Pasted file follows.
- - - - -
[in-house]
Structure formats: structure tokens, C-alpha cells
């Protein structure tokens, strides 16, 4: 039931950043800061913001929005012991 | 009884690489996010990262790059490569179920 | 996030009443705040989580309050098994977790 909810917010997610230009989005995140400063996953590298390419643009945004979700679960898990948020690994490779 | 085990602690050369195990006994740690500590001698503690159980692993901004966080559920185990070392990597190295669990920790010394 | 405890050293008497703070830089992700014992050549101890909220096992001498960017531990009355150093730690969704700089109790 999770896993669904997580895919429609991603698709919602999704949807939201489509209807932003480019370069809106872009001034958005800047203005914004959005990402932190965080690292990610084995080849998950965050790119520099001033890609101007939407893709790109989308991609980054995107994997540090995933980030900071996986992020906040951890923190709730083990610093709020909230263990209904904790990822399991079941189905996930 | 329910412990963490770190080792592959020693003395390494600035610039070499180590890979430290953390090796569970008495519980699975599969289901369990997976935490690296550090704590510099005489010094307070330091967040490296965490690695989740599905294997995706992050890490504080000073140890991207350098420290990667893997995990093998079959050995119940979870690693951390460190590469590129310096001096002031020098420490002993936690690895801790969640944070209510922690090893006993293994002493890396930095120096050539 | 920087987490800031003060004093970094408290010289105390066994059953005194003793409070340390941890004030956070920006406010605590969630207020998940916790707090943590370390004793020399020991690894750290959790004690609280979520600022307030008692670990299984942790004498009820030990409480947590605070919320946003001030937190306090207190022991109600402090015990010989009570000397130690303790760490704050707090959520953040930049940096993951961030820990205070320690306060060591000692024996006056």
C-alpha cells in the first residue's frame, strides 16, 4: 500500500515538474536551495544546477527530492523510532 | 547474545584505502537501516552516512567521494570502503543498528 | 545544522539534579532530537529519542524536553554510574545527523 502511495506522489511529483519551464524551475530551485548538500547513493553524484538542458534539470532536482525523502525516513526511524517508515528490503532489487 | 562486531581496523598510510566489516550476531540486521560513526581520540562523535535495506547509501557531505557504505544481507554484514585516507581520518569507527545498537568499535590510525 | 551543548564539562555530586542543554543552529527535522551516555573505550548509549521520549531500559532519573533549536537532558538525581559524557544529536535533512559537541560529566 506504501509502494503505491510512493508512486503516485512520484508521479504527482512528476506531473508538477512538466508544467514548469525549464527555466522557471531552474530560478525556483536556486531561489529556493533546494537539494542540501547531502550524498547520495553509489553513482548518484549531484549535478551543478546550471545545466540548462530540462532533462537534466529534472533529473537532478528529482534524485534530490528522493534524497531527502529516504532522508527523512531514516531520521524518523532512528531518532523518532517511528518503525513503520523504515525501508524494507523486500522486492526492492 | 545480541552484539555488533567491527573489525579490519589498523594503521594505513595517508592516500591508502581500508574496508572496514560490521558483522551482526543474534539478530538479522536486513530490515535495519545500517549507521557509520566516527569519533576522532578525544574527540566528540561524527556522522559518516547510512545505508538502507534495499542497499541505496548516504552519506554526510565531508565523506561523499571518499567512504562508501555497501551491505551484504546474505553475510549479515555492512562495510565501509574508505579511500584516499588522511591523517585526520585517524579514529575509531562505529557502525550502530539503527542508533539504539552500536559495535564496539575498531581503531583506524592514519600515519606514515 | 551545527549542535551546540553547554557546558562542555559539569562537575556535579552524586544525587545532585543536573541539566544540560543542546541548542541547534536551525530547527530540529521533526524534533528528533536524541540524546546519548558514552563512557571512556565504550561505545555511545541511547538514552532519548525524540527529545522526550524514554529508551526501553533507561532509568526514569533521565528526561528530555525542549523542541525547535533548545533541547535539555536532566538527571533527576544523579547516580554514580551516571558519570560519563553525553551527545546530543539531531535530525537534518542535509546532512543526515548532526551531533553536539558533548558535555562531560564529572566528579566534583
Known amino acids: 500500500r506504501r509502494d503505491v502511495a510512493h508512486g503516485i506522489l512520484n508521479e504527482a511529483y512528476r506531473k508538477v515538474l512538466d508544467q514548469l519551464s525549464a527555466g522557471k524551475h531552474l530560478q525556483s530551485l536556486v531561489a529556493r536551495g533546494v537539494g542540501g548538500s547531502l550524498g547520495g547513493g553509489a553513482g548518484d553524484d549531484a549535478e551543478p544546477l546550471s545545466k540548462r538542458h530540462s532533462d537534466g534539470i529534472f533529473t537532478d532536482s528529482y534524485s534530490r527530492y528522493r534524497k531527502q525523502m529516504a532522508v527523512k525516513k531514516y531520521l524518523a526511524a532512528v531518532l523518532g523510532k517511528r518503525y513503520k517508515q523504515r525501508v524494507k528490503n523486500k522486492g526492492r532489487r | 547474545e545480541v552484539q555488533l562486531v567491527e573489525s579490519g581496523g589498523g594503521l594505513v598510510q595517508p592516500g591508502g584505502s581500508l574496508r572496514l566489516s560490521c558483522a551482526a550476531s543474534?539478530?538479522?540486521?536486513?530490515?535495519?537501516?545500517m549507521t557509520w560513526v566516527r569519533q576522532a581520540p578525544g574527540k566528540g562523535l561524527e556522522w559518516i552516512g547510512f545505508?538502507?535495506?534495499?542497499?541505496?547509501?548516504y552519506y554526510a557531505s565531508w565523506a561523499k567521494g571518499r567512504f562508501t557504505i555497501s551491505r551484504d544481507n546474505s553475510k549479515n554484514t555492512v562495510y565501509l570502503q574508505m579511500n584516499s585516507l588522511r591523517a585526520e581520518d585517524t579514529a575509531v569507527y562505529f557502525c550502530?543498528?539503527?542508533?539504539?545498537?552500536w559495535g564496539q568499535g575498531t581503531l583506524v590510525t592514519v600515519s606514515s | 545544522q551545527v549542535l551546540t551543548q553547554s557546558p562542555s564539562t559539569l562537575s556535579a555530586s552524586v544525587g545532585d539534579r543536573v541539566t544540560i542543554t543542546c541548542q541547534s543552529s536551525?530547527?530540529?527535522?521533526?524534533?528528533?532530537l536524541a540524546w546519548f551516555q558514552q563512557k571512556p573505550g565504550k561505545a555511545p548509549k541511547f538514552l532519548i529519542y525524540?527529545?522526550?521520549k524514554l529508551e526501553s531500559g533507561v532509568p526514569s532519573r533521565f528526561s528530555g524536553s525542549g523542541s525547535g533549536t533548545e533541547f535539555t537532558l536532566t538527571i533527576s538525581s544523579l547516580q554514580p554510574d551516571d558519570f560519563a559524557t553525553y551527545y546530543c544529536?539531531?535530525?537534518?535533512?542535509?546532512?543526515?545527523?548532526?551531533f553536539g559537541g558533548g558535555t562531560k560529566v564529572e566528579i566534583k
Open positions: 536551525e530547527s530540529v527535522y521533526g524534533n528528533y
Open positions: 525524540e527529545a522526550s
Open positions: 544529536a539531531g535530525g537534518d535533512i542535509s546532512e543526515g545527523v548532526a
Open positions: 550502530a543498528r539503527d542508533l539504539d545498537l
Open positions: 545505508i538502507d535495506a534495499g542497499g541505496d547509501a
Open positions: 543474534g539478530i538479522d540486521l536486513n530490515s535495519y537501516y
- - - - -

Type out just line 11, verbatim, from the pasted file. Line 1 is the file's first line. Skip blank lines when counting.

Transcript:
Open positions: 543474534g539478530i538479522d540486521l536486513n530490515s535495519y537501516y